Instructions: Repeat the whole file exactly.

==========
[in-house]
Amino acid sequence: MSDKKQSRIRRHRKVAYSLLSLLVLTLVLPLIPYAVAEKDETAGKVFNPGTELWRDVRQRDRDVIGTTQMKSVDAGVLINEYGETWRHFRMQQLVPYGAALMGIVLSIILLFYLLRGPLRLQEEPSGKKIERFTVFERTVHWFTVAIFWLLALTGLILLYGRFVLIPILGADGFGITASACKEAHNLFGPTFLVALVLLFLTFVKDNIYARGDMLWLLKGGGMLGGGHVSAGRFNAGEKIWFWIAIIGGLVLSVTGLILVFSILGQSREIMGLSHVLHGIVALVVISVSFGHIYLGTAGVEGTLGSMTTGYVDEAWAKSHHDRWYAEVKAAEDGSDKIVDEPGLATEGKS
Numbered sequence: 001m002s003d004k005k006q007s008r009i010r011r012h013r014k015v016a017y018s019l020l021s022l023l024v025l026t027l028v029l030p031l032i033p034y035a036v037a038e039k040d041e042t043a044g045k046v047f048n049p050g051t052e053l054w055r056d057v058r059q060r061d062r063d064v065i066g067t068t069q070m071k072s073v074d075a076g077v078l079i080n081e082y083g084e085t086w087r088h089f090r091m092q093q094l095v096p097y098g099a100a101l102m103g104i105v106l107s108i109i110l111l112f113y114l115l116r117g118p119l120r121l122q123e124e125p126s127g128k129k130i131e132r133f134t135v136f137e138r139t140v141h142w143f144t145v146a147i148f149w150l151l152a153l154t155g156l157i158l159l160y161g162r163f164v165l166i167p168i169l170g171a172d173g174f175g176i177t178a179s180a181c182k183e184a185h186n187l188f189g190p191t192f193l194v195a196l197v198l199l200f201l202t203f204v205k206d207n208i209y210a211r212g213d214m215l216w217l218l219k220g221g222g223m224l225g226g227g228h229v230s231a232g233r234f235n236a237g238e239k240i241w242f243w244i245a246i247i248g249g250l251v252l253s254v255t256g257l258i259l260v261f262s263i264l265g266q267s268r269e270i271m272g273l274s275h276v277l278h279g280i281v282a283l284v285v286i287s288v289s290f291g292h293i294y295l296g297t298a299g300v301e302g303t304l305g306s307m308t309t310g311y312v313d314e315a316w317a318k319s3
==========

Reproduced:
[in-house]
Amino acid sequence: MSDKKQSRIRRHRKVAYSLLSLLVLTLVLPLIPYAVAEKDETAGKVFNPGTELWRDVRQRDRDVIGTTQMKSVDAGVLINEYGETWRHFRMQQLVPYGAALMGIVLSIILLFYLLRGPLRLQEEPSGKKIERFTVFERTVHWFTVAIFWLLALTGLILLYGRFVLIPILGADGFGITASACKEAHNLFGPTFLVALVLLFLTFVKDNIYARGDMLWLLKGGGMLGGGHVSAGRFNAGEKIWFWIAIIGGLVLSVTGLILVFSILGQSREIMGLSHVLHGIVALVVISVSFGHIYLGTAGVEGTLGSMTTGYVDEAWAKSHHDRWYAEVKAAEDGSDKIVDEPGLATEGKS
Numbered sequence: 001m002s003d004k005k006q007s008r009i010r011r012h013r014k015v016a017y018s019l020l021s022l023l024v025l026t027l028v029l030p031l032i033p034y035a036v037a038e039k040d041e042t043a044g045k046v047f048n049p050g051t052e053l054w055r056d057v058r059q060r061d062r063d064v065i066g067t068t069q070m071k072s073v074d075a076g077v078l079i080n081e082y083g084e085t086w087r088h089f090r091m092q093q094l095v096p097y098g099a100a101l102m103g104i105v106l107s108i109i110l111l112f113y114l115l116r117g118p119l120r121l122q123e124e125p126s127g128k129k130i131e132r133f134t135v136f137e138r139t140v141h142w143f144t145v146a147i148f149w150l151l152a153l154t155g156l157i158l159l160y161g162r163f164v165l166i167p168i169l170g171a172d173g174f175g176i177t178a179s180a181c182k183e184a185h186n187l188f189g190p191t192f193l194v195a196l197v198l199l200f201l202t203f204v205k206d207n208i209y210a211r212g213d214m215l216w217l218l219k220g221g222g223m224l225g226g227g228h229v230s231a232g233r234f235n236a237g238e239k240i241w242f243w244i245a246i247i248g249g250l251v252l253s254v255t256g257l258i259l260v261f262s263i264l265g266q267s268r269e270i271m272g273l274s275h276v277l278h279g280i281v282a283l284v285v286i287s288v289s290f291g292h293i294y295l296g297t298a299g300v301e302g303t304l305g306s307m308t309t310g311y312v313d314e315a316w317a318k319s3